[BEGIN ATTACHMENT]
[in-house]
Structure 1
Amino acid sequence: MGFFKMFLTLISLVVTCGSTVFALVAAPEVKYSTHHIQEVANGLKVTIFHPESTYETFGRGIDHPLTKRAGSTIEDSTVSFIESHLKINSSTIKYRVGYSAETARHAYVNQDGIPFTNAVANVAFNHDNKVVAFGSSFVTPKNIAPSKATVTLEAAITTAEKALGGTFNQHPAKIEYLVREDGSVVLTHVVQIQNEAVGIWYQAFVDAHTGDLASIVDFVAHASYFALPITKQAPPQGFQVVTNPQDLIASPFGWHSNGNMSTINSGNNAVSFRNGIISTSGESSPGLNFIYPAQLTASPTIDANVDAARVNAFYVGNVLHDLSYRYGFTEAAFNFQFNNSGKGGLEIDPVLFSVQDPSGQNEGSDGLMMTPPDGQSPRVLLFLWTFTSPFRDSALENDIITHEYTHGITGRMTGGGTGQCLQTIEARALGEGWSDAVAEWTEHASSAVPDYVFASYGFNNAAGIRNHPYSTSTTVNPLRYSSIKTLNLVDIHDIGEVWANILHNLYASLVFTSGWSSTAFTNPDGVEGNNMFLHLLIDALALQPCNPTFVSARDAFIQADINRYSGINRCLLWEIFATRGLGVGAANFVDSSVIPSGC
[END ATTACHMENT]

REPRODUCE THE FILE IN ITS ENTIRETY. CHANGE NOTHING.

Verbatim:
[in-house]
Structure 1
Amino acid sequence: MGFFKMFLTLISLVVTCGSTVFALVAAPEVKYSTHHIQEVANGLKVTIFHPESTYETFGRGIDHPLTKRAGSTIEDSTVSFIESHLKINSSTIKYRVGYSAETARHAYVNQDGIPFTNAVANVAFNHDNKVVAFGSSFVTPKNIAPSKATVTLEAAITTAEKALGGTFNQHPAKIEYLVREDGSVVLTHVVQIQNEAVGIWYQAFVDAHTGDLASIVDFVAHASYFALPITKQAPPQGFQVVTNPQDLIASPFGWHSNGNMSTINSGNNAVSFRNGIISTSGESSPGLNFIYPAQLTASPTIDANVDAARVNAFYVGNVLHDLSYRYGFTEAAFNFQFNNSGKGGLEIDPVLFSVQDPSGQNEGSDGLMMTPPDGQSPRVLLFLWTFTSPFRDSALENDIITHEYTHGITGRMTGGGTGQCLQTIEARALGEGWSDAVAEWTEHASSAVPDYVFASYGFNNAAGIRNHPYSTSTTVNPLRYSSIKTLNLVDIHDIGEVWANILHNLYASLVFTSGWSSTAFTNPDGVEGNNMFLHLLIDALALQPCNPTFVSARDAFIQADINRYSGINRCLLWEIFATRGLGVGAANFVDSSVIPSGC